Chickens: the chickens hatched multiple clutches, probably around 20 total babies. Of the 20 I have had 11 make it to adulthood. Throughout the season I slaughtered a few, sold some on craigslist(which ended up covering my supplemental feed costs), and had to build a new coop when I had some neighbor issues and was under fire from the departments of sadness.
In the chicken yard I have planted 4-5 mulberries and a crab apple, and I seeded the whole area with a seed mix of lambsquarter, sunflowers, and a few other herbs. The lambsquarter was a winner in a lot of ways. When it is young and short the chickens eat the leaves, and as it grows taller it creates a canopy of safety over the chickens and babies, mine really took to this habitat and would hang out there a lot. Once it is full grown and has seeds it will make a non stop light rain of seeds as it dries out, which lasted all the way into late November. I got used to seeing baby chickens leaping up and grabbing a low hanging leaf off the stem.
After the seeds fell I cut down the 6 Foot stems and bundled them, I plan on making a whole separate thread about those and their uses.
Anyway that more or less it. I only have a few pictures.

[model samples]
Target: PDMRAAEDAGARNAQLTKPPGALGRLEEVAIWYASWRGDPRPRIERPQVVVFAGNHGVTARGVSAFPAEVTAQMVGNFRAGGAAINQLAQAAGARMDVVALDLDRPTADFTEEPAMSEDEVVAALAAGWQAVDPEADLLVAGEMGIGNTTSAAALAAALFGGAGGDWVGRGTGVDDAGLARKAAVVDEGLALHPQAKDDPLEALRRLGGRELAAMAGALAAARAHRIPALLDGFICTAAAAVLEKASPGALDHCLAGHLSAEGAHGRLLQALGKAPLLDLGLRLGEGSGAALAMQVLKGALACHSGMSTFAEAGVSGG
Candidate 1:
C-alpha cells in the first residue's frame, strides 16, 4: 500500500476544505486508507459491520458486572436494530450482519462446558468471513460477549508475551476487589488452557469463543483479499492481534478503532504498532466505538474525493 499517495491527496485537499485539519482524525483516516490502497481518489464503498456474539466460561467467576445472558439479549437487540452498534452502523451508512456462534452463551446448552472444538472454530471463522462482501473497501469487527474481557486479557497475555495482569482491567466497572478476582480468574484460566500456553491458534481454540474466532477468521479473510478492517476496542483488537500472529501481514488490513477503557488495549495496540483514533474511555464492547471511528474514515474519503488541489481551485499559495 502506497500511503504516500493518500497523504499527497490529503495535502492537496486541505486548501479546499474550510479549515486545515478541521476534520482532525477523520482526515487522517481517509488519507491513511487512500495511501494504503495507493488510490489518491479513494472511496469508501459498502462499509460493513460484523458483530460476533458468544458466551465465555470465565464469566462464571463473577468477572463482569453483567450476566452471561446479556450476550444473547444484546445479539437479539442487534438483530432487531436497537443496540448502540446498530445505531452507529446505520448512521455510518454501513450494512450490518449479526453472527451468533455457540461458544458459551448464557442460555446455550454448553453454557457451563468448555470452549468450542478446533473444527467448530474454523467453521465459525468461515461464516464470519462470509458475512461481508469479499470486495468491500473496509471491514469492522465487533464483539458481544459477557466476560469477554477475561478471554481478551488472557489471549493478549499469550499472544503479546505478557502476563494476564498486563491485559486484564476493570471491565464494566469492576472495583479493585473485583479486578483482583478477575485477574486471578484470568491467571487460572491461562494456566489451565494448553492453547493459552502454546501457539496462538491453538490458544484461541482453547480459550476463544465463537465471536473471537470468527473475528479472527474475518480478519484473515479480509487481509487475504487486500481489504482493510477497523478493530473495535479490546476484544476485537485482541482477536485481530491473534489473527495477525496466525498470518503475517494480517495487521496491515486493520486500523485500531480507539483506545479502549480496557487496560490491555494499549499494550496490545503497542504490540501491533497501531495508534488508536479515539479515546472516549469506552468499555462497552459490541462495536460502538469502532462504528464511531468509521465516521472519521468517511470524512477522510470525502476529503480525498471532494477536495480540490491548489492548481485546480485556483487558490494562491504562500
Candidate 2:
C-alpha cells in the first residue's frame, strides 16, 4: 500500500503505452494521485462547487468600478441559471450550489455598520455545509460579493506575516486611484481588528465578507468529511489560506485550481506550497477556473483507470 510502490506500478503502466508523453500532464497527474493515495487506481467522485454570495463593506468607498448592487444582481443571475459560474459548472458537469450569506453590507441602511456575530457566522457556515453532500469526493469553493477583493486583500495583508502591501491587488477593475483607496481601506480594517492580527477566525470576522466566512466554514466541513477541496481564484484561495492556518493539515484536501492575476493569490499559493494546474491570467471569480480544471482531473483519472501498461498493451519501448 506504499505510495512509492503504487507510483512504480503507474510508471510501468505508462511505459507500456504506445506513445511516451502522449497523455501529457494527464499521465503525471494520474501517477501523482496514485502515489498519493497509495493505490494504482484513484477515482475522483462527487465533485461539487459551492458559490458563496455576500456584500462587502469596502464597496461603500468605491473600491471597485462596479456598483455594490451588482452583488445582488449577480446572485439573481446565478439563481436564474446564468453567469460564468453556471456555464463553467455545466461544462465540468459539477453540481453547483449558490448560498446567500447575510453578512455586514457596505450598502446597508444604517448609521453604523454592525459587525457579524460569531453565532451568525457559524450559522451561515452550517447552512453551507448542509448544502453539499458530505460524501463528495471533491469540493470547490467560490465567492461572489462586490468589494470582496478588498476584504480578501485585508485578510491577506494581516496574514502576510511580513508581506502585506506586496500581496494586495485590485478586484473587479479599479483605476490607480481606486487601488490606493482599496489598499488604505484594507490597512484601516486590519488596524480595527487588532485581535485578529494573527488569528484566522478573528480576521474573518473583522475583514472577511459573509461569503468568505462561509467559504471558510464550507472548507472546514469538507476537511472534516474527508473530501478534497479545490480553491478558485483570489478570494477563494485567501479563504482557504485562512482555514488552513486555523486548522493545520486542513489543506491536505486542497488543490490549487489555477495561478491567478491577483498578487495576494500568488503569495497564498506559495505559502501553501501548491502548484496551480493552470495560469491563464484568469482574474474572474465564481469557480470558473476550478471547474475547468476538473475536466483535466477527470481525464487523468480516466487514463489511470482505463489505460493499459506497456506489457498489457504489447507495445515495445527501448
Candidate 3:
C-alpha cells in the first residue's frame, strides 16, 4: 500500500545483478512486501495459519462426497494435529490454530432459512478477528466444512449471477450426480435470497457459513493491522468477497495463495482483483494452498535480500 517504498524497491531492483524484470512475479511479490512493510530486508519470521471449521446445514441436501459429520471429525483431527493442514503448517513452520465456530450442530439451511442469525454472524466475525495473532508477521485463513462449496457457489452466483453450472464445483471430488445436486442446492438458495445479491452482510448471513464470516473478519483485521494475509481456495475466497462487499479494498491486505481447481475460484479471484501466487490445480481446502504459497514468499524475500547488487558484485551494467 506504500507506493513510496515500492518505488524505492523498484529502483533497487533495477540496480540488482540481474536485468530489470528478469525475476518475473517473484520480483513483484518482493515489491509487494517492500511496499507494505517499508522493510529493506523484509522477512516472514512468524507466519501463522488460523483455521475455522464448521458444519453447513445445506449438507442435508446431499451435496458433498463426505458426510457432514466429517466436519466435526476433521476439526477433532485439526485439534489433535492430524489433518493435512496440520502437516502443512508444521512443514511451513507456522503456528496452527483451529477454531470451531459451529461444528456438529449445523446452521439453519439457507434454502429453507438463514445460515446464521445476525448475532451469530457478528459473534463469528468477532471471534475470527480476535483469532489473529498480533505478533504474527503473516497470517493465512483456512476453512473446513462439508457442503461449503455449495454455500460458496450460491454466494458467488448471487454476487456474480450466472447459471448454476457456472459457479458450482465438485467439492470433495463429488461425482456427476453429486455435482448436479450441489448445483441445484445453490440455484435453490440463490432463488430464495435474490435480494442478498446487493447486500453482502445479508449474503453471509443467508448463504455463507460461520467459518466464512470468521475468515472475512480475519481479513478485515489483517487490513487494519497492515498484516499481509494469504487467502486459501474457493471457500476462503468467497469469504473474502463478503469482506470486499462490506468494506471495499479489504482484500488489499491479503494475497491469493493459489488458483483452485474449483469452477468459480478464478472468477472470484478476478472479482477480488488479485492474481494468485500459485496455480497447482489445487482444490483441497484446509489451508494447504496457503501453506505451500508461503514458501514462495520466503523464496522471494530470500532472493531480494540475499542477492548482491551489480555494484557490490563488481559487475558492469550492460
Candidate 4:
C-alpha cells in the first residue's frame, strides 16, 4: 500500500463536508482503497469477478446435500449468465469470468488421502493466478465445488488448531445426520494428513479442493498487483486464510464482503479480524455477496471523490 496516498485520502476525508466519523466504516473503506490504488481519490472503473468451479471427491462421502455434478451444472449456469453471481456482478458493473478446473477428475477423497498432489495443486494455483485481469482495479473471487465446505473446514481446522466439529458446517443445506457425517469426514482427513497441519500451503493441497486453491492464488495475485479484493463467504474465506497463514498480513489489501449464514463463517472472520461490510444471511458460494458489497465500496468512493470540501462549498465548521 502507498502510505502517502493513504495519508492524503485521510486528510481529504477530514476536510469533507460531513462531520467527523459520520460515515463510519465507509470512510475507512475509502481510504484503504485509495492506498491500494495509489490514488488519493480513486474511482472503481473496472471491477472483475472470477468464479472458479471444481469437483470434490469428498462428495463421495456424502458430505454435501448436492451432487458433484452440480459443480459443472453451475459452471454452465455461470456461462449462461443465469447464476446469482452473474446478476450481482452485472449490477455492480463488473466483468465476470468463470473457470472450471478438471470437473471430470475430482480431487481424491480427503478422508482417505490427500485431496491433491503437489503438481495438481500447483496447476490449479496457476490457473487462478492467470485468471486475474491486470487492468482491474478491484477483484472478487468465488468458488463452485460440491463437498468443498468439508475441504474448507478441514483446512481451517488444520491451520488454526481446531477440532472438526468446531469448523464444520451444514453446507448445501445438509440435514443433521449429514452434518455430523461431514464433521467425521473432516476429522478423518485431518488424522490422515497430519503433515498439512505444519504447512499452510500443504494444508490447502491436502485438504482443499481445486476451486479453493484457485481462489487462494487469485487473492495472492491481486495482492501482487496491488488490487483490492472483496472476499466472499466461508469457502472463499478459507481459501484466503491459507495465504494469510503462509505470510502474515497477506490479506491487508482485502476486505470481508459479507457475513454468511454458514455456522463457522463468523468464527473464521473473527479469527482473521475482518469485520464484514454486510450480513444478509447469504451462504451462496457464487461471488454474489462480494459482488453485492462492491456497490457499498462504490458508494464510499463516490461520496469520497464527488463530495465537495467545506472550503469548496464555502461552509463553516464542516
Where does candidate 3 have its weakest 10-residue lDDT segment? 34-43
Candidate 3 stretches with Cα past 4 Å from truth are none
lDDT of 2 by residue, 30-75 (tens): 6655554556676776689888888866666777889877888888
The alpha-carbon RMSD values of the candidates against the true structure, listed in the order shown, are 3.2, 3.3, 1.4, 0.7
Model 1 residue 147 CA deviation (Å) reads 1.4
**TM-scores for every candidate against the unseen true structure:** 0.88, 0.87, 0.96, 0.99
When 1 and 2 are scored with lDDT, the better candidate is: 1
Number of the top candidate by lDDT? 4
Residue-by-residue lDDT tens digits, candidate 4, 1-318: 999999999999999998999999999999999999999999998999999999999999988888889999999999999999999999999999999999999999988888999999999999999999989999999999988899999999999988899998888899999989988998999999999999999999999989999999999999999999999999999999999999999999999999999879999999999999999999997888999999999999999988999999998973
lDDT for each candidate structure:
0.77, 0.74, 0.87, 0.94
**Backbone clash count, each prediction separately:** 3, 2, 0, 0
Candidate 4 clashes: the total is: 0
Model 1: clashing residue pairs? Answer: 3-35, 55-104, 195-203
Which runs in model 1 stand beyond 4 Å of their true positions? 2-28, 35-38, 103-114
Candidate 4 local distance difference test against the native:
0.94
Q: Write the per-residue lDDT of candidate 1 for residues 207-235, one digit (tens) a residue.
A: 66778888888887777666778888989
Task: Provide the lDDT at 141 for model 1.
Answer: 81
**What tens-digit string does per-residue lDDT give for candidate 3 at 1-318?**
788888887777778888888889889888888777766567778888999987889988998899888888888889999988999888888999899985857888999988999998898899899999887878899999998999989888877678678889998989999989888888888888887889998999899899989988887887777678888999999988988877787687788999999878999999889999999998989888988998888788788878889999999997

Zach Muller
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And a few more.


Cottonwood, serviceberry, and Greek basil at the entrance of second swale.



Rooster checking out the giant wonder berry bush I harvested for him and his ladies.



Lavender bush in front of a successful wall of sunflowers, lablab, and giant ragweed. You can't see it, but at the base of the sunflower hedge is asparagus, redbud, and a black locust.
 
John Saltveit
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Many people will only talk about what they did so well. I think it is important that you also included what was challenging. I like hawthornes, but I don't think Washington hawthorn is one of the better tasting ones. It seems to me very thorny with small bland fruit. To me, Washington is root stock for pear or other better hawthorns like Carriere hawthorn, or another that is also common as a street here that also has a big good tasting fruit and fewer thorns. Hawthorns are chock full of antioxidants and repair heart and circulation system tissues. They also stay on the tree late: I have many still on my trees , and not too many other fruit on my trees as we near Christmas.

All of the nutrition doctors keep saying its' even more important to have free range and pastured organic meat than veg if you're going to eat meat, so I think the chickens make a lot of sense, especially if you like raising them. Organic free range chicken is not cheap. That's how you get gourmet food at blue collar prices.

I love all the combinations of plants and guilds you are growing.
John S
PDX OR
 
Zach Muller